This time from Brigid:
My work has value. My mind has value. I won’t do it for free. those that do that, are amateurs (coming from the Latin amator – meaning lover), not professionals. As a professional I expect to be paid. Nor will I do it to pay the rent and gas and food of those who aren’t willing to put forth their own effort to the best of their own ability. A hard working person, down on their luck, I will help in many ways. I’ve added to the tip jar of many a hard working blogger, caught up in exploding cars, dysfunctional pets, and bad experiences with Comcast. I’ve helped people in my community, neighbors, suddenly and through no fault of their own, out of a job, with food and/or child care while they went to an interview; with assistance with crafting a new resume and getting them some job contacts. Helping those that actively worked to help themselves.
But do not ask me to support, through work or taxes or even my time, which has value of it’s own, a class of people who only wish to take, because they feel they are owed it for breathing, for crossing the border illegally, or for being a specific race, creed or religion.
Tam said something similar a while back:
It makes one look like a savage to say so, but if your house burns down, blows over, or floats away, it’s not the job of the federal government to fix it for you. Charity is one thing, but federal tax dollars coerced at 1040-point from a single working mother of two in Dubuque (and then filtered through a morbidly obese federal agency) to rebuild your bungalow in Destin is not charity, okay? It’s extortion.
I was having a conversation with a co-worker this afternoon, the one outspoken Obama supporter in the office. He kept talking about the right to health care. I kept correcting him – and he agreed, repeatedly – that “health care” is not a right because it obligates another to provide something, but each time he began expounding on health care he kept using the “right” language.
And I kept interrupting him and repeating the lesson.
A large part of the population is much like him, or Brigid’s hairdresser. They’re A-OK with extortion, because they’ll benefit from it, and they think others like them will benefit from it. (Yes, yes, I can hear the anarcho-capitalists now shouting “Hypocrite! Hypocrite!” Sorry, but I do see a difference between, say, taxation to support the Constitutional requirement to defend the nation vs. taxation to support the welfare state. I’d be more than happy to abolish the income tax and operate the government strictly off of tariffs if we could pare the .gov back to its Constitutional limits. In the mean time I’m more interested in trying to stop .gov growth.)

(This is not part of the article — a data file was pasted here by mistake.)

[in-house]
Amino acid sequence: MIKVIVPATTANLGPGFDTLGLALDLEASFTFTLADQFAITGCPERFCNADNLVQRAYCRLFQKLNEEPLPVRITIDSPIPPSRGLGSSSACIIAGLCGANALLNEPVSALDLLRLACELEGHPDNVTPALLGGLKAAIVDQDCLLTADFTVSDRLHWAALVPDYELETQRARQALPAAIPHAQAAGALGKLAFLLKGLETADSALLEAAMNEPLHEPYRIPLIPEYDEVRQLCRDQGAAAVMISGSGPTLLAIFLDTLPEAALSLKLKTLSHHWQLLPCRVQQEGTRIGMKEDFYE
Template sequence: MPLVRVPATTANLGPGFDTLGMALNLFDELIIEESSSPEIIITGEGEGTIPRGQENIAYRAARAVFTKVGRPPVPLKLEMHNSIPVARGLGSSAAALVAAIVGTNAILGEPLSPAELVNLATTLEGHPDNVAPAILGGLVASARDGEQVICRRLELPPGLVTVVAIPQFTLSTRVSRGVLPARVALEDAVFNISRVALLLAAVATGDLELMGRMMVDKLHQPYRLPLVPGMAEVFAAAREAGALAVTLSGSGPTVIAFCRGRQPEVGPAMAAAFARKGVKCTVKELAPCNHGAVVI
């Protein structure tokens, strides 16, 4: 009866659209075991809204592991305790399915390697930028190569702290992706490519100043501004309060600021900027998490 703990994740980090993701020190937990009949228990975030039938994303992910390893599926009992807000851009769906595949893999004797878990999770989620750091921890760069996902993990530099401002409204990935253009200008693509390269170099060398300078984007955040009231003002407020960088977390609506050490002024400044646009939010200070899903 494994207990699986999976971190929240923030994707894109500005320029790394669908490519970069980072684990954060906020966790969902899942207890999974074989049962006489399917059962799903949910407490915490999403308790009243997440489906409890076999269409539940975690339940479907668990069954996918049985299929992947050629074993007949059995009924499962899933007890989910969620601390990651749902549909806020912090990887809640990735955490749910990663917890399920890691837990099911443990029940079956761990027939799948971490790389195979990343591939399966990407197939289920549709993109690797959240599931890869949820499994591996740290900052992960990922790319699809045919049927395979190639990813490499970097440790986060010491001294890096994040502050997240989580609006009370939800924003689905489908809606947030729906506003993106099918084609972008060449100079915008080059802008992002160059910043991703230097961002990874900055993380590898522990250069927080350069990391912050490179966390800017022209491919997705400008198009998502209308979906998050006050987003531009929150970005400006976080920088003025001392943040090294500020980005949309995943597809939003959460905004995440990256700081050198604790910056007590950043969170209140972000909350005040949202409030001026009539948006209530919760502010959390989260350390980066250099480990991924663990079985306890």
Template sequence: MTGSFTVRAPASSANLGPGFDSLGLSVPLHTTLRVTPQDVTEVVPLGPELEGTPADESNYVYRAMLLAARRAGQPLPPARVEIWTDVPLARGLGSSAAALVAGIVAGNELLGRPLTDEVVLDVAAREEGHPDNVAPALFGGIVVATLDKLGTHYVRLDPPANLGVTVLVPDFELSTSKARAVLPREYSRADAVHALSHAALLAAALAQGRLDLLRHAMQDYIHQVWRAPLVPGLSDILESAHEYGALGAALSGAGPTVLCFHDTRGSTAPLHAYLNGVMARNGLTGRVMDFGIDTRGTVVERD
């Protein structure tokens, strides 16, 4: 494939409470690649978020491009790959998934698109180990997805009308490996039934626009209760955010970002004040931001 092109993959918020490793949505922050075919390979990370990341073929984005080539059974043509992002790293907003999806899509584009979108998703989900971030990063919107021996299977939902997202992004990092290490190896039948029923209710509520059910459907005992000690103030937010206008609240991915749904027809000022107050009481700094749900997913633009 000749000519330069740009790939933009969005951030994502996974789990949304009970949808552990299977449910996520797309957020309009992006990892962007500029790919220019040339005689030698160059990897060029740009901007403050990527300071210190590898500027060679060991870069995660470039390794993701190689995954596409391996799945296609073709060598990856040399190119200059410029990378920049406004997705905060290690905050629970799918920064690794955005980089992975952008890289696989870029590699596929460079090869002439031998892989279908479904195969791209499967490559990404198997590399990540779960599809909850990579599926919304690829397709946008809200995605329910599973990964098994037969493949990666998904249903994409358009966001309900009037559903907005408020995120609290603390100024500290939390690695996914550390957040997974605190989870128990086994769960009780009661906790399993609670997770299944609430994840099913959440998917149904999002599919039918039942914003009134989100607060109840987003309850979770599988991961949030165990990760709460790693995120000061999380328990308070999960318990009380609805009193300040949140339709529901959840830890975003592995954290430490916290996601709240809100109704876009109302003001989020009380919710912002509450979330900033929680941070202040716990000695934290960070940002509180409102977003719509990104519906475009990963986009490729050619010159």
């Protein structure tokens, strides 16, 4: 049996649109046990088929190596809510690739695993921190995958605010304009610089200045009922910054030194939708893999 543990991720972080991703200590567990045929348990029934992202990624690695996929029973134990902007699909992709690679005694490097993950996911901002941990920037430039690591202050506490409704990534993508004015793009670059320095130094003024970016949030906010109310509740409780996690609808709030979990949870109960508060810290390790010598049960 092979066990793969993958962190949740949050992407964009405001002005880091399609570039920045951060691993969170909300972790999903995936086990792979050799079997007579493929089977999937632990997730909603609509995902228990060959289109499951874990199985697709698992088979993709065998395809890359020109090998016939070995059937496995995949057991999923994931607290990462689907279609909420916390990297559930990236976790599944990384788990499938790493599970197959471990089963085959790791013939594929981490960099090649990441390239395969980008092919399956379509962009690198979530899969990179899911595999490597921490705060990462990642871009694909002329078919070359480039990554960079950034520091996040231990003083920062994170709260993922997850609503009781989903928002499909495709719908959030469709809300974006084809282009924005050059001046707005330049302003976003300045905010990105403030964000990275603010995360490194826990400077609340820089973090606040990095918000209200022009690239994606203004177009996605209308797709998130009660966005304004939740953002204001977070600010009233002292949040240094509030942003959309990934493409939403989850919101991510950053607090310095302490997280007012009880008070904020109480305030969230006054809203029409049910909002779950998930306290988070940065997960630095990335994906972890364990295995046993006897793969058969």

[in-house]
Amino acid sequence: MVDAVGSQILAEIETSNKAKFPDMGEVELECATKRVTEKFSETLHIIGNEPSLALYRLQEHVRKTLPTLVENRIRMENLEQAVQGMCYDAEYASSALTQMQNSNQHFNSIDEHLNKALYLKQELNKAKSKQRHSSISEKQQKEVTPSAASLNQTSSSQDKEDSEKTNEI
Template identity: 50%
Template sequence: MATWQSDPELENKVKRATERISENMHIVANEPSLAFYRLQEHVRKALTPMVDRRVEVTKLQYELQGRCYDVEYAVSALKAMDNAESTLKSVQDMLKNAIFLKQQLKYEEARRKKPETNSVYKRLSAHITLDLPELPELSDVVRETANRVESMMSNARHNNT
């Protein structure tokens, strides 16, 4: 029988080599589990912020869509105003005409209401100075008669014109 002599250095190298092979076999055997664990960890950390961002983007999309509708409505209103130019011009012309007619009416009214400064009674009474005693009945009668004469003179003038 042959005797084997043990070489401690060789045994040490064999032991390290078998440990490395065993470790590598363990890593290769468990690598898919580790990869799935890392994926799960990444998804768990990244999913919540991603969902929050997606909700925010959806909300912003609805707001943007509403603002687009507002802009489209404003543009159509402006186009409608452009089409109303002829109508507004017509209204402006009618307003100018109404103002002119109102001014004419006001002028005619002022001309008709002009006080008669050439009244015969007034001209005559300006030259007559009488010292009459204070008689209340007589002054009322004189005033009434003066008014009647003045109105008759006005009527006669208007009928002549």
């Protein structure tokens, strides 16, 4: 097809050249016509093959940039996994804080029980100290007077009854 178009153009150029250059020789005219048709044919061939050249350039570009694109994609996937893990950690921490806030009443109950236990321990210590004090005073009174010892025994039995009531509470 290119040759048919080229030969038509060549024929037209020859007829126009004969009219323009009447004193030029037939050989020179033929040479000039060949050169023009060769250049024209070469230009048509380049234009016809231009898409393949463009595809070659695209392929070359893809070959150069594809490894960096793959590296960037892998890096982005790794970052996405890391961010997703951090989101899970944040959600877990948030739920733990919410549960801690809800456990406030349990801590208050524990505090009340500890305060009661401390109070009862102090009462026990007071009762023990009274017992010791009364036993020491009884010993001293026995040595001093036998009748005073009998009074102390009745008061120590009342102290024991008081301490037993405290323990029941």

But what it all boils down to is what Jonah Goldberg expressed in Liberal Fascism, and in his podcast interview with Glenn Reynolds and Helen Smith:
All public policy issues ultimately boil down to one thing: Locke versus Rousseau. The individual comes first, the government is merely an association protecting your interests, and it’s transactional, versus the general will, the collective, the group is more important than the individual. Everything boils down to that eventually. And the problem with “compassionate conservatism” is the same problem with social gospelism, with Progressivism and all the rest: it works on the assumption that the government can love you. The government can’t love you. The government is not your mommy and it’s not your daddy, and any system that is based on those assumptions will eventually lead to folly.
Barack Erkel Obama, and to a lesser extent, McCain, are promising a government that will love you.
And to hell with the individual. It all goes back to philosophy, and the fact that we’re not teaching Locke’s to our kids. Instead we’re allowing our educators and our media to haphazardly feed them Rousseau’s.
And it’s led us here, to folly upon folly. It will eventually lead us to ruin.
And I fear that eventuality is not far off.